Notably, “Stay Tonight” and “Children” were publicized in ways which made promoting the artist’s upcoming material, generally the main purpose of a pre-release, a bonus, rather than the focus. “Stay Tonight” is especially unusual in that details for Chungha’s upcoming album are virtually non-existent, including a release date. This lack of proximity makes “Stay Tonight” seem like an unconnected comeback, rather than a pre-release. “Children” was released within a more typical window of time to Carnival, but its solo promotion on music shows also makes it feel separate from the upcoming album, as does its lack of musical cohesion with Carnival’s powerful sound.

Still, the benefits to labelling these songs as pre-releases are clear. “Stay Tonight”, as well as an upcoming July pre-release, are undoubtedly building anticipation for Chungha’s album, whenever it comes. While Carnival and its title track “Jungle” were not a smash success, they could not have been hurt by the publicity generated by “Children”. Calling these well-promoted songs pre-releases allows a company to generate comeback-like publicity without comeback-like expenses, and simultaneously hype future releases.

Interestingly, both Chungha and Bvndit are under MNH Entertainment, showing that company to have a penchant for pre-releases. However, no company can beat YG Entertainment when it comes to the frequent use of pre-releases and pre-release-type strategies. Past examples that come to mind are Big Bang’s infamous MADE rollout and iKon’s unique debut strategy. Winner is also under YG, and far from the only YG group to have a high-profile pre-release in 2020.

Black Pink’s “How You Like That” is arguably the most hyped pre-release of this year so far. It was preceded by a barrage of teasers, debuted on American TV, and will be accompanied by a new reality show. Artistically, it largely keeps to the group’s brash and bold trademark sound but could foreshadow a slightly less pop, more EDM-influenced era for Black Pink. An argument could be made that “How You Like That” counts as a pseudo-comeback or secondary title track type of pre-release. However, it actually fits best into a third category, of pre-releases as part of protracted promotions.

“How You Like That” is the first part of a planned three-step comeback, culminating in Black Pink’s first full album. While the second of the three steps is still vague, it also sounds like a type of pre-release. Through this protracted rollout, Black Pink should be able to spend several months firmly in the public spotlight, without necessitating separate comebacks back-to-back.

YG Entertainment seems to intend to use a similar strategy for the debut of its new boy-group, Treasure. The company has indicated that beginning in July, Treasure will be releasing music in small batches through the rest of 2020. As the start of this process, Treasure member and longtime YG trainee Bang Yedam released a single called “Wayo” in June. In contrast to some of the performance videos Treasure has released, which have a synth-pop or hip-hop sound, “Wayo” showcases Bang Yedam’s distinctive vocals against sparing, largely acoustic instrumentation.

 “Wayo” doubles as a solo debut for Bang Yedam and a pre-release for Treasure. The song’s significant digital promotions included covers and testimonials from other artists, as well as interviews with Bang Yedam and other Treasure members. This content both highlights Bang Yedam’s individual talent, and involves the participation and publicization of Treasure as a group. While it remains to be seen if Treasure’s debut rollout will be successful, using pre-releases and pre-release-type strategies to stretch out promotions makes some sense. In the over-saturated world of K-pop, the longer a group can be visible, especially a rookie group, the better.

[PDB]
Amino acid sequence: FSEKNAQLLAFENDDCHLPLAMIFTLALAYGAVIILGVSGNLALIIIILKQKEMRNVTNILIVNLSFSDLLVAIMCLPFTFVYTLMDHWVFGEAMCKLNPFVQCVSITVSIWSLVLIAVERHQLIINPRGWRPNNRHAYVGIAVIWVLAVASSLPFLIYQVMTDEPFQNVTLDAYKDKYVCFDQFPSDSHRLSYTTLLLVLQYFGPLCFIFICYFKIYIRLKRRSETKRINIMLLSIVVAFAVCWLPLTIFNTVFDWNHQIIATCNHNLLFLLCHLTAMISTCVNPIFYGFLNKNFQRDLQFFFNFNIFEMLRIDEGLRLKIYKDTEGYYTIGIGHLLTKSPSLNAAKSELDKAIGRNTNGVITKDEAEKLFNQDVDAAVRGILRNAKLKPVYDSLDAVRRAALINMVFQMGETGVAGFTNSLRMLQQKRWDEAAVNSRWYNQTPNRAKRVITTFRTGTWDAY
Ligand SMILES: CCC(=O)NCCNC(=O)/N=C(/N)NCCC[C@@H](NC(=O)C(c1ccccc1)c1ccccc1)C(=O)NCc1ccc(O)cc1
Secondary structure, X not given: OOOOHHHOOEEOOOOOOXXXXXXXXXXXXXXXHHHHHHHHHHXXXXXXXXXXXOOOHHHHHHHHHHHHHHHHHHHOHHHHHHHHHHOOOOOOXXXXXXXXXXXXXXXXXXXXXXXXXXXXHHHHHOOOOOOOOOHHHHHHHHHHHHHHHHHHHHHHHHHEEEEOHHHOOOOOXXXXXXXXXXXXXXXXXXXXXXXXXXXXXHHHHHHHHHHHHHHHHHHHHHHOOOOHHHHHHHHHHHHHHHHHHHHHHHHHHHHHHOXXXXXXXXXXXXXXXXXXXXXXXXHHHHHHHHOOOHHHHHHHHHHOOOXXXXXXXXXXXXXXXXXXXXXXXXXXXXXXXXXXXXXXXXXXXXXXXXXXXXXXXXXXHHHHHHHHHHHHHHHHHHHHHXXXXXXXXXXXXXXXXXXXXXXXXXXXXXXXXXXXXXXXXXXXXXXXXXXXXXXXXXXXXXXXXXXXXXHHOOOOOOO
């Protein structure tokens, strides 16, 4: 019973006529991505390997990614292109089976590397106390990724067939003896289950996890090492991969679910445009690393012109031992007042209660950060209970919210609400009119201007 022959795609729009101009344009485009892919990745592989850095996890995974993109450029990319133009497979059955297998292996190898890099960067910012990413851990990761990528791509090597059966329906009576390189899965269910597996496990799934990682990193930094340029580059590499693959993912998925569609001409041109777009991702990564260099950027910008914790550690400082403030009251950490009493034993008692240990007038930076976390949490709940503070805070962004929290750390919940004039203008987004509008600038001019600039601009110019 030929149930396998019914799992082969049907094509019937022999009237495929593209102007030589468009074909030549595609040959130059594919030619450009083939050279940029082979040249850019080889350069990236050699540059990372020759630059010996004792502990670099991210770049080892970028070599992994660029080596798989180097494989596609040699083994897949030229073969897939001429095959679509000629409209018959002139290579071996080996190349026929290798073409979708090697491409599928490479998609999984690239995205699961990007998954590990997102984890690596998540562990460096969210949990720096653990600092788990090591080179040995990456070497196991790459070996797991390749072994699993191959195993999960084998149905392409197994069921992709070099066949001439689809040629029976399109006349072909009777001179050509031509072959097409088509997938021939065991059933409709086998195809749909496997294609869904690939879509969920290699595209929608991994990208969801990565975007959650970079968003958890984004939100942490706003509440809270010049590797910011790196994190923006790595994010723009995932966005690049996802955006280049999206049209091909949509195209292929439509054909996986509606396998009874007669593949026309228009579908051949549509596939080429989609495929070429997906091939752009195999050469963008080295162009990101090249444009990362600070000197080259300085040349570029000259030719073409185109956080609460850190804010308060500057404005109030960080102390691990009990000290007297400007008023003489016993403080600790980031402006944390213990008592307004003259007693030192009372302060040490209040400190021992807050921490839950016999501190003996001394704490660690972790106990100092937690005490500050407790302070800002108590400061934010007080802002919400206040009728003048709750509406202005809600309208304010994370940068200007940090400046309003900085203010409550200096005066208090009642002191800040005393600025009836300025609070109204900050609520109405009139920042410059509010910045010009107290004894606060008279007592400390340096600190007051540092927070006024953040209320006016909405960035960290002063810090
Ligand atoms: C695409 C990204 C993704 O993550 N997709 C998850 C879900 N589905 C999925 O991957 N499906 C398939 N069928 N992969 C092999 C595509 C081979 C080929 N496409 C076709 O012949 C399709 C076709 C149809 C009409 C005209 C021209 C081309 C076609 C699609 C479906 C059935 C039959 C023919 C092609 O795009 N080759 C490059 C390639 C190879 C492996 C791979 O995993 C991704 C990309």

Based on 2020 so far, pre-releases are only gaining in frequency and prominence. As they become a more crucial and versatile part of promotional strategies, pre-releases are evolving in surprisingly consistent ways across different companies and artists. Intriguingly, K-pop pre-releases are beginning to resemble Western artists’ pre or post album singles. Like those Western tracks, pre-releases are being used to expand artists’ periods of visibility, and to generate profits and publicity that can feel unconnected to the albums the singles are coming from. It is understandable that the K-pop industry is picking up pointers from a music market it so wishes to penetrate. Whether those strategies will prove successful when applied to K-pop and its consumers in the long-term, well that is another matter.

Overall, pre-releases are evolving in a direction that allows companies to put out content and promote their artists with great fanfare, but potentially less expense and more freedom than a full comeback. This opens doors for high-profile artistic experimentation and content variety. However, it can also enable opportunistic cash grabs, with companies profiting from releases that are being executed without the creative effort, continuity, and full promotions of an official comeback. Ultimately, only time will tell what the true identity and impact of these new, and still evolving, types of pre-releases will be.

(Naver, Twitter[1][2], YouTube[1][2][3][4][5]. Images via Big Hit Entertainment, YG Entertainment)